Creating A Referral Machine 4 of 7
Okay, there are lots of potential people with whom to establish a relationship. What about the “HOW”? How can you make this happen?
Yes, there are lots of people. That is generally not the problem. That is seldom people’s shortcoming in creating a referral machine. It is the “how” that trips people up.
In establishing relationships, there are three main categories of activities you need to consider making part of your personal regimen. (1) Giving or adding value to others; (2) Ensuring that you become involved; and (3) Making sure that you are dependable or reliable in what you say and do.
First, when people hear the term “GIVING TO OTHERS”, they tend to conjure up images of dragging out their wallets. That is not the case at all. There are lots of things you can do in giving or adding value to others.
o Doing business with others.
o Sending them referrals.
o Providing them with information.
o Spurring them on.
o Introducing them to others.
Each of these things adds value to others. The key part of all of this, however, is that when you add value to others, they cannot help but feel they know you, like you, and trust you. And somehow, they are quietly compelled to return the deed at some point in time.
Second, another means of establishing relationships is getting involved with your community.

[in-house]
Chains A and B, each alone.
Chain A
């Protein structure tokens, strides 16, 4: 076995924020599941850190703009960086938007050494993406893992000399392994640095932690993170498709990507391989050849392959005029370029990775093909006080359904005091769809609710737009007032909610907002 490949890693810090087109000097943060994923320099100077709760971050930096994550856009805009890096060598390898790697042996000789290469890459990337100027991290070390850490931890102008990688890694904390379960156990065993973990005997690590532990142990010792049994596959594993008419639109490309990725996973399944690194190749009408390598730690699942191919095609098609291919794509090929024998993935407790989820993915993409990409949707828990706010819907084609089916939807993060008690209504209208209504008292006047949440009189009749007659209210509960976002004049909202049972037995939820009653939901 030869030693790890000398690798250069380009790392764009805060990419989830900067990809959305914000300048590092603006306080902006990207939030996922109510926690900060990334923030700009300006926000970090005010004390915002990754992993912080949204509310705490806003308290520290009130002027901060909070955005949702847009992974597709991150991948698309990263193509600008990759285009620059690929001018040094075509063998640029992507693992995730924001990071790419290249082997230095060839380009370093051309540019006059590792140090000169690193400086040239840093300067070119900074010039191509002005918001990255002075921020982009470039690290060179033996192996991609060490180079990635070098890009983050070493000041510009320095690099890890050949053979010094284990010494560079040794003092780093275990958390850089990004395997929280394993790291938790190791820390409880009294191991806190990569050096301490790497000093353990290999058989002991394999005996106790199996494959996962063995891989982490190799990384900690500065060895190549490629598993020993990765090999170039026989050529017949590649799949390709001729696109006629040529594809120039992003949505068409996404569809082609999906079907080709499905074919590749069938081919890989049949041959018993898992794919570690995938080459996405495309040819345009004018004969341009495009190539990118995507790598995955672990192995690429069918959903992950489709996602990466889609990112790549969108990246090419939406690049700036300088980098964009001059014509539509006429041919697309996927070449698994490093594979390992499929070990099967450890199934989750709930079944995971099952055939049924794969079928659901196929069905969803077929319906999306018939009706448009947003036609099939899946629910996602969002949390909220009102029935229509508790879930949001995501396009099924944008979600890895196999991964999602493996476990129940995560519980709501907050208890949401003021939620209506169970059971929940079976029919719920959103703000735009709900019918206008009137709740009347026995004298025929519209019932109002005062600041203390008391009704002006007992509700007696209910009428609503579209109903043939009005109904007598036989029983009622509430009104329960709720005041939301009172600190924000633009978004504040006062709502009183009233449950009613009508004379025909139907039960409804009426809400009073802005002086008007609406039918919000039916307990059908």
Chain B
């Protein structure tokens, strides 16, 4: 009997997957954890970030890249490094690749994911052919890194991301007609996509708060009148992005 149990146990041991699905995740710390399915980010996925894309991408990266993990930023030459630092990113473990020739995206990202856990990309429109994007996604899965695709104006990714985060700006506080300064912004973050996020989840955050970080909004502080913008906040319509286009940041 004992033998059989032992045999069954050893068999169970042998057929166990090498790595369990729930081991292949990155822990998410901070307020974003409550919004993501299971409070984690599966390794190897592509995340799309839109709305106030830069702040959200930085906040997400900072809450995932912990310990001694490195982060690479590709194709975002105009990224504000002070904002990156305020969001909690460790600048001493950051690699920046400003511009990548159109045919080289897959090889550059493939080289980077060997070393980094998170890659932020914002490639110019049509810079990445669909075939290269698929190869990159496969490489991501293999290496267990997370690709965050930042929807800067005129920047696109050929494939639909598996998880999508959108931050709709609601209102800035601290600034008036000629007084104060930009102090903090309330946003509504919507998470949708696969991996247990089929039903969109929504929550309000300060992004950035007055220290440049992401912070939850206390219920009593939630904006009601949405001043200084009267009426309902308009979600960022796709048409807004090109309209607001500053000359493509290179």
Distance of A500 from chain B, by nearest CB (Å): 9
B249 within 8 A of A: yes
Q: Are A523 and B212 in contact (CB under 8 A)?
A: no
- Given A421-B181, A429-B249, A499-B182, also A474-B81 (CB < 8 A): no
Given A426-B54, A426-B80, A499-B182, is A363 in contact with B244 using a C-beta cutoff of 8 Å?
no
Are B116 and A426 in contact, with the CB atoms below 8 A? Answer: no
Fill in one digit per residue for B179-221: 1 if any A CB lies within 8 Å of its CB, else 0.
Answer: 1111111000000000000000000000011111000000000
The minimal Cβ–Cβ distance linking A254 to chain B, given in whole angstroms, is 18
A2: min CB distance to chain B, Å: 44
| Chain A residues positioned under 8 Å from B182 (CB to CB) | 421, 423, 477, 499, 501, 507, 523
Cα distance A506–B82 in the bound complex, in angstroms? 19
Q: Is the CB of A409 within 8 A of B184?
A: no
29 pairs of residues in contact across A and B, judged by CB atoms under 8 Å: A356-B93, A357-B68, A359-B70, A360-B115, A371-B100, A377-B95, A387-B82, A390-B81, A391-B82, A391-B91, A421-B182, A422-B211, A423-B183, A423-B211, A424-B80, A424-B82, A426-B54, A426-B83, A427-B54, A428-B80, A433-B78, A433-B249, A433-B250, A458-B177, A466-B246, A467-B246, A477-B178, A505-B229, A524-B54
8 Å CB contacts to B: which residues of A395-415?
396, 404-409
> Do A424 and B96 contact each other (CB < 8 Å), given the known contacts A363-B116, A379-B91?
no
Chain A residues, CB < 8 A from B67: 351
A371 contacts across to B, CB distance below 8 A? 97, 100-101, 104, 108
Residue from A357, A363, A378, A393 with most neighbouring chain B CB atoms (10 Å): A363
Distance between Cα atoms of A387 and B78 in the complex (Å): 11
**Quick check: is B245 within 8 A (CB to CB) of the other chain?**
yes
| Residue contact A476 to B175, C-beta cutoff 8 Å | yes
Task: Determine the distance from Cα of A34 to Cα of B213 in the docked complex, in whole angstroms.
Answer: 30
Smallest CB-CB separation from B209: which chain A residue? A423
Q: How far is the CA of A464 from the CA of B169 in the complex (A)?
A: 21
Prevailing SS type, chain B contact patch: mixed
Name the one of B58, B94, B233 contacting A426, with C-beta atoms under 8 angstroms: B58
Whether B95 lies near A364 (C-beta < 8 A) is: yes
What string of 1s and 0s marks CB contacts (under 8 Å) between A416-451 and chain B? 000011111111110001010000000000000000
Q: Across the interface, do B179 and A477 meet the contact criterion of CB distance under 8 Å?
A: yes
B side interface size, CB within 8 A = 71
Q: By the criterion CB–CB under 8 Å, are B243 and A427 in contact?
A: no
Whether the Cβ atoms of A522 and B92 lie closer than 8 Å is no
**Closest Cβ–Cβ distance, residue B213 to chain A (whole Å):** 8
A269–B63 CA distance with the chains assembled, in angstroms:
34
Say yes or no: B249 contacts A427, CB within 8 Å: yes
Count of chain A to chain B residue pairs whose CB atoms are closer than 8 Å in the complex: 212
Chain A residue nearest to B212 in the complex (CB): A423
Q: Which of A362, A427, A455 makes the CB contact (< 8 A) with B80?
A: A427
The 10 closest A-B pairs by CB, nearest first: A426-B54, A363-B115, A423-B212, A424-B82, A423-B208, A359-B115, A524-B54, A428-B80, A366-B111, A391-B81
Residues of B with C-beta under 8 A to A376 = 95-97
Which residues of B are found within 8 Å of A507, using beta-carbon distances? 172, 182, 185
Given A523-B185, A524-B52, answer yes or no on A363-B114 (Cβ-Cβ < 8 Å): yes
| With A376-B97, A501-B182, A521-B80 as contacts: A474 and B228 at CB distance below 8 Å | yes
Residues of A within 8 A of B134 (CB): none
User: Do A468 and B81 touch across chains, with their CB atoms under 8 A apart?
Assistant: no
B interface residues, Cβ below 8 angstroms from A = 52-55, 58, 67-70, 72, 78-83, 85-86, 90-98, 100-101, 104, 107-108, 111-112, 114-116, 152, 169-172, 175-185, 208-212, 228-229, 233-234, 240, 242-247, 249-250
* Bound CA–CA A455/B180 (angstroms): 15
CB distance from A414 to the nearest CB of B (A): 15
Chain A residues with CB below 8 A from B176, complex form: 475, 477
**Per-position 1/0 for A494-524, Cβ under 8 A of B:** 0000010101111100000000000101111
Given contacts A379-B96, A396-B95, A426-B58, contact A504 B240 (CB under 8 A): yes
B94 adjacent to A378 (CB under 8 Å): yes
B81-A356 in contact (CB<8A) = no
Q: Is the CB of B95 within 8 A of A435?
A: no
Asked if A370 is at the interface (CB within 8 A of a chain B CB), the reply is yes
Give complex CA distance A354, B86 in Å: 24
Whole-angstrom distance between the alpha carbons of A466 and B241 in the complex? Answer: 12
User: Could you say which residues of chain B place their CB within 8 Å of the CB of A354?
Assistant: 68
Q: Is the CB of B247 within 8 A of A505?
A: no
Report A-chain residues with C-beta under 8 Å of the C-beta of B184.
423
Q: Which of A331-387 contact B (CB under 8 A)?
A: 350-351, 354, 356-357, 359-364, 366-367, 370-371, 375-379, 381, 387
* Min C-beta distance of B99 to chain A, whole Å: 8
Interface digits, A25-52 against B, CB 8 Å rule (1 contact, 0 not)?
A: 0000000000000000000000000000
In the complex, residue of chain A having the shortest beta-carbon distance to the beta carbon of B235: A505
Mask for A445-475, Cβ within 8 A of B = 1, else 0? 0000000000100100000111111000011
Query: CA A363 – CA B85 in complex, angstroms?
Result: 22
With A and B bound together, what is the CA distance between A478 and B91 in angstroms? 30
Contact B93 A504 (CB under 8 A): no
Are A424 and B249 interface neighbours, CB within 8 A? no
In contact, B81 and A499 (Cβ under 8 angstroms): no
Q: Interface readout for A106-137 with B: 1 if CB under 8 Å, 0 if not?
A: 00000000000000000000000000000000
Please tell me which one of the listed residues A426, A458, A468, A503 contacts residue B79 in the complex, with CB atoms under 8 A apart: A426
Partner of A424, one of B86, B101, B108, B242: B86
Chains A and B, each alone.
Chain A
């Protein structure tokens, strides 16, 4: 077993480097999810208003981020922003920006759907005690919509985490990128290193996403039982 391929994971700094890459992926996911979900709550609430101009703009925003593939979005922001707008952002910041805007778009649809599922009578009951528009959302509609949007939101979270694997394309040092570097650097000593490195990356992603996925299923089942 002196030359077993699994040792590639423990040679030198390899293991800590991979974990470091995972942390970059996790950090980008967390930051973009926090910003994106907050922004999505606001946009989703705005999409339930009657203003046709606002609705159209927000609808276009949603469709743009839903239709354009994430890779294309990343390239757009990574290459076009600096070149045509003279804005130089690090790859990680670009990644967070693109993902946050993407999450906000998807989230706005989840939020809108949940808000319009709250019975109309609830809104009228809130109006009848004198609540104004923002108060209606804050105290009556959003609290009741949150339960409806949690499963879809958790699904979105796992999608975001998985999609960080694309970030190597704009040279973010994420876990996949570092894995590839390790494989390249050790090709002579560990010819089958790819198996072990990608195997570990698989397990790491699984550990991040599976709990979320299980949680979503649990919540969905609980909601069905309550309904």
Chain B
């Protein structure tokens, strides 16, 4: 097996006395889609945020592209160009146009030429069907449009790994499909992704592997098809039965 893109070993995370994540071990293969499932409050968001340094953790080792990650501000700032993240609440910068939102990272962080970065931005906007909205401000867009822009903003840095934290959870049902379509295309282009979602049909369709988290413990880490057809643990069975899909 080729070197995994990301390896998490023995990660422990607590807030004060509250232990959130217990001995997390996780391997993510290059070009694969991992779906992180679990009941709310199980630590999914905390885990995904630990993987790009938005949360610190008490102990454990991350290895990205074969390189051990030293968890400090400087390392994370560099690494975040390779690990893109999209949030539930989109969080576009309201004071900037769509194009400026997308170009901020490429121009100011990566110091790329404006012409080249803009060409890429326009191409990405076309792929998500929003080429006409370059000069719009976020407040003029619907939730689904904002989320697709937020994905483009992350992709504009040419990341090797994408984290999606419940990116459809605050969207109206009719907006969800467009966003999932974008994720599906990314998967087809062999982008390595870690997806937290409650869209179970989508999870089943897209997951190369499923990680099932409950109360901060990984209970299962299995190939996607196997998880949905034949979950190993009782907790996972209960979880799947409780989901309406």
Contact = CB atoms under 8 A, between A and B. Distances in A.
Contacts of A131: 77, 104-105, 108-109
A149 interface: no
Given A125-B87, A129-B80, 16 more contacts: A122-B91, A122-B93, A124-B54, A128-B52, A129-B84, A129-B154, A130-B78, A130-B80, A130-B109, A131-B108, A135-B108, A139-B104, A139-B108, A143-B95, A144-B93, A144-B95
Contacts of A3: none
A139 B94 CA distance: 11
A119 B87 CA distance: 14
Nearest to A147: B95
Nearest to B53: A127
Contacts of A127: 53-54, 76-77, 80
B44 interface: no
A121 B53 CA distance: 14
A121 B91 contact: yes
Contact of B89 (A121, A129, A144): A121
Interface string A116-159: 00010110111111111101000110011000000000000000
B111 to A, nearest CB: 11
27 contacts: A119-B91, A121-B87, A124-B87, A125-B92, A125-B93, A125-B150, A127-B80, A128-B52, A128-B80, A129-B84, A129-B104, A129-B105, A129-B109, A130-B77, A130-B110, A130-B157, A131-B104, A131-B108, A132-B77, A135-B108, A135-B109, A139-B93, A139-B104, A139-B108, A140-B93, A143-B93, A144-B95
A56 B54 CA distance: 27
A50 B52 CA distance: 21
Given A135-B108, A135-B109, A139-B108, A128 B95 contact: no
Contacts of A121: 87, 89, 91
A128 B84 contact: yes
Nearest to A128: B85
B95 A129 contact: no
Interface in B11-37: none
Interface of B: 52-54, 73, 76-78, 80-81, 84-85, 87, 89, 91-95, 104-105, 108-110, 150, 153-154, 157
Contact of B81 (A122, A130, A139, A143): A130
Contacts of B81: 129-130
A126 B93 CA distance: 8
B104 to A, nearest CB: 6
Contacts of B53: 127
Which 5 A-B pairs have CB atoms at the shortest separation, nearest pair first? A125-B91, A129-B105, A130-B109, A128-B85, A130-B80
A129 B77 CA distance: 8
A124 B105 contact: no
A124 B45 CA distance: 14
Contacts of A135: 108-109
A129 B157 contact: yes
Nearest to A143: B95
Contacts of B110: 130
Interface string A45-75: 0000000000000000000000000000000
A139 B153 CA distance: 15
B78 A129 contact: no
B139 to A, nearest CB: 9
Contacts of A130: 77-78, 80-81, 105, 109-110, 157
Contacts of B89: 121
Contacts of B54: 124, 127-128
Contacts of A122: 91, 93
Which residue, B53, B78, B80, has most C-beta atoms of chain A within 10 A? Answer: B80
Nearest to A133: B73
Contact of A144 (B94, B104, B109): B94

Trust this, no matter where you live there are business groups, charities and civic initiatives that could use your time, talent and energy. When you get involved in your community, it raises your level of exposure and it demonstrates your commitment. With these things, people cannot help but feel they know you, like you and trust you, which is exactly what you need to start establishing relationships and to create a referral machine.
Finally, adding value and getting involved are great for establishing relationships. You, however, will undermine the entire process if you are not reliable. With even an innocent infraction of unreliability, you can kill your chances of getting referrals. Be reliable … be on time … do what you say… follow-up, as you promise. And if for some reason you are unable to do these things, alert the person who might be relying on you as soon as possible.
This may all seem like common sense. It is. However, it is not common practice. It has tripped up even those with the best of intentions. Guard against this.
Nevertheless, once you have these relationships established, you can start to put your referral machine to work. That is the subject of Part 5.